Vivien Reid And Environmentalism

Carlos Albuquerque
Sep 13, 2018 · 3 min read

When it comes to media with an environmentalist media, I think our society’s reaction is frankly terrifying. The sheer vitriol against things like Captain Planet, Ferngully or even Once Upon A Forest, the sheer labeling as “preachy” regardless of how the messages are handled, the fact that the antagonists in these pieces are regarded as heroic for sticking it to the annoying protagonists, all are hideously symptomatic of conservative spite and hatred. Sure, I’m not going to defend Captain Planet as an artistic masterpiece, but when TV Tropes describes Princess Mononoke as a “good environmentalist flick” precisely because its “more anti-war than anti-environmental” you know something is fishy when it comes to nerd culture and their reactions to education.

Which brings me to something that made me feel this sort of edgelord mentality.

Debuting in Core 19, Vivien Reid is a planeswalker character in Magic: The Gathering, designed as a mono-Green planeswalker who was slighted by Nicol Bolas. Personally, I think Samut would have been a good enough option, since she is also Green-aligned and we just witnessed Amonkhet’s collapse due to Bolas’ cruelty, but whatever. To debut this character, the Unbowed trilogy of short stories was written by horror writer Cassandra Khaw.

The trilogy as a whole evoked mixed feelings, with generally a more positive reception on the Tumblr and Twitter MTG communities and lukewarm to negative in MTGSalvation, No Goblins Allowed and Reddit. There is a lot to be said, but I’ll focus on the trilogy’s conclusion, which I linked to previously.

Vivien, having managed to absorb the essence of the tortured monstrosaur and outwit the vampires holding her captive, proceeds to go on a rampage across the city of Luneau, using her magic to make the animals imprisoned in the royal menagerie grow in size and wreck havoc on the city. We’re treated to scenes like a child-like vampire being decapitated by a “pet” raptor, a description of a cafe owner witnessing this destruction and rather chilling descriptions of how a civilisation, a culture, is being destroyed forever.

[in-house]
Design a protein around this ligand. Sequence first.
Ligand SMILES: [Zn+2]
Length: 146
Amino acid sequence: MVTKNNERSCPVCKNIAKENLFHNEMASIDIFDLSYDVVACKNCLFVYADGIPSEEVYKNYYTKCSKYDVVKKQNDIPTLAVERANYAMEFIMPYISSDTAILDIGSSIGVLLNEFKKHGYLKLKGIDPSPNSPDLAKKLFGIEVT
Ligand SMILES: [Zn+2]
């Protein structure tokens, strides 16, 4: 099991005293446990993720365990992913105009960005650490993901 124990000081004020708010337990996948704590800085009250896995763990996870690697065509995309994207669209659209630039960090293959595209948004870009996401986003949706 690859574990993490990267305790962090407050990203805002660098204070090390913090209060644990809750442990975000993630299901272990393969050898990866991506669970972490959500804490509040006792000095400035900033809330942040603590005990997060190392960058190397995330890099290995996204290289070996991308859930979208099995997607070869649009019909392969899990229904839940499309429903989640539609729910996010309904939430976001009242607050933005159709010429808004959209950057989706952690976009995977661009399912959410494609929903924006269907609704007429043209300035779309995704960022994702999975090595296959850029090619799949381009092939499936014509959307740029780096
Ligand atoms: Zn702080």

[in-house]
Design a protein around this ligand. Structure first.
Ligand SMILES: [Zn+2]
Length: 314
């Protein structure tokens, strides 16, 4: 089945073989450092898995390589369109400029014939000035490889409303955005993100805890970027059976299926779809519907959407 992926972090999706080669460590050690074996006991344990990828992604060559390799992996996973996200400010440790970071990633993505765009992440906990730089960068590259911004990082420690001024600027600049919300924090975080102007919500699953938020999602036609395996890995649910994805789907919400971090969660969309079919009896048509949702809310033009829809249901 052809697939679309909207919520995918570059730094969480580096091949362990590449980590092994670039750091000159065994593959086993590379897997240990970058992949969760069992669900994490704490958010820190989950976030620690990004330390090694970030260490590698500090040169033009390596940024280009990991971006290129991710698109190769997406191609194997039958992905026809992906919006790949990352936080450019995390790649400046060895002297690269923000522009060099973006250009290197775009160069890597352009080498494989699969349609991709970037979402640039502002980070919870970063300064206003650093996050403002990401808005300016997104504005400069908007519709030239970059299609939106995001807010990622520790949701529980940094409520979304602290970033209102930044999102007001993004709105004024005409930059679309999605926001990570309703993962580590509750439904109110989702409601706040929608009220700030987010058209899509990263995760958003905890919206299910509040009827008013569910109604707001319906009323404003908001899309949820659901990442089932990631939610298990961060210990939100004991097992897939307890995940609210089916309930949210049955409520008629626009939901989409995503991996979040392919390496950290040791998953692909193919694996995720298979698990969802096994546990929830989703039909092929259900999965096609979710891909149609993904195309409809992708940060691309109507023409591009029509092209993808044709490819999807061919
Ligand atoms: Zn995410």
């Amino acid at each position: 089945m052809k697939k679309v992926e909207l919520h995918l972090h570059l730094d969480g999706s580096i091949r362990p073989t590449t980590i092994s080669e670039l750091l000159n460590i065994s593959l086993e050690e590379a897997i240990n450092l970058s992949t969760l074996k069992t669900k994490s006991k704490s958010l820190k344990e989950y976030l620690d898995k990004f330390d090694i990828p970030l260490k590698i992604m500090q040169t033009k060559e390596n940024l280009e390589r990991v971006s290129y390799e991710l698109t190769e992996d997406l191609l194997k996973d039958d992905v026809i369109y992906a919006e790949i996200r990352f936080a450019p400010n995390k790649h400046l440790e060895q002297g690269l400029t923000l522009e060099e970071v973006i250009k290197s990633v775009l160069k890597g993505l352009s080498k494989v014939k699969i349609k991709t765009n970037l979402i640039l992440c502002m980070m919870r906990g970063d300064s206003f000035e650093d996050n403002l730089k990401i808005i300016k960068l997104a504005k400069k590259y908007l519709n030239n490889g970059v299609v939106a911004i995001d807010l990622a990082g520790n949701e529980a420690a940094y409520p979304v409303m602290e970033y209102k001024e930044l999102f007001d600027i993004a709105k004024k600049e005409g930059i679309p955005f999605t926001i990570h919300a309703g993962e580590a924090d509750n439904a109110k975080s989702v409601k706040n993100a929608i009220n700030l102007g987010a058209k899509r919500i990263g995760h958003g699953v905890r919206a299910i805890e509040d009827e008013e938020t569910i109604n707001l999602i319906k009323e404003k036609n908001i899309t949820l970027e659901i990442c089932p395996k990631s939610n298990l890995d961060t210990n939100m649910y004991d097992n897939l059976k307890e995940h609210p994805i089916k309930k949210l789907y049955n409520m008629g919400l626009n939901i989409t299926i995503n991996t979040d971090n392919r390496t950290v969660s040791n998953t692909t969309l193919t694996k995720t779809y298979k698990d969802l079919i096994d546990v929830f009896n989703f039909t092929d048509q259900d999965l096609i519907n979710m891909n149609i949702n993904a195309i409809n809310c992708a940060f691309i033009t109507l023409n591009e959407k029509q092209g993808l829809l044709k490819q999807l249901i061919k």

Given Cassandra Khaw’s specialty, it seems likely that she intended this apocalyptic scenario to be somewhat off-putting, if not a legitimate sign that Vivien Reid is an antagonist or at least morally ambiguous character. In between the Legion of Dusk being portrayed as more cartoonish than usual — remarkable, really -, its human population joining the rampaging wildlife in joy and the general sense that Vivien is in the right, however, this appears to be unlikely. The is a possibly intentional sense of irony since Vivien repeatedly describes Skalla’s apocalyptic destruction and is basically shown to be a hypocrite since she both uses technology and sees the world in very scientific terms in spite of her anti-civilisation stance, but it is drowned by the justifications of Luneau’s fall as it is a “decadent” city with “libertine values”.

This does not seat well with me.

If it was a legitimate statement on the character’s tragedy and flaws, it would, but the unironic praise of this situation concerns me. Consider for instance the language used to justify the collapse of Luneau: attacking “liberal” values, claiming that self-indulgence is inherently malicious and must be punished with death. That the Vivien fandom is blind to this is borderline atrocious.

Ironically this describes the Legion of Dusk’s ideological attacks on the cities of their continent according to the planeswalker’s guide, as typical for, you know, a theocratic society based on the thing “Deus Vult” types worship in the real world. Which leads to another problem of this trilogy in general, trying to square peg the Legion of Dusk into cartoonish villains when they’re usually portrayed as ideological menaces. Alludes to real world practises, but it is handled with so little subtly that at best you do not take this seriously and at worst (and most commonly, it seems) you side with the violent maniac.

So, in summary, the Vivien Reid trilogy really brings to mind the strawman of environmentalist media, intentionally or not. On the plus side, it makes me appreciate the comparative subtlelity of Captain Planet even more.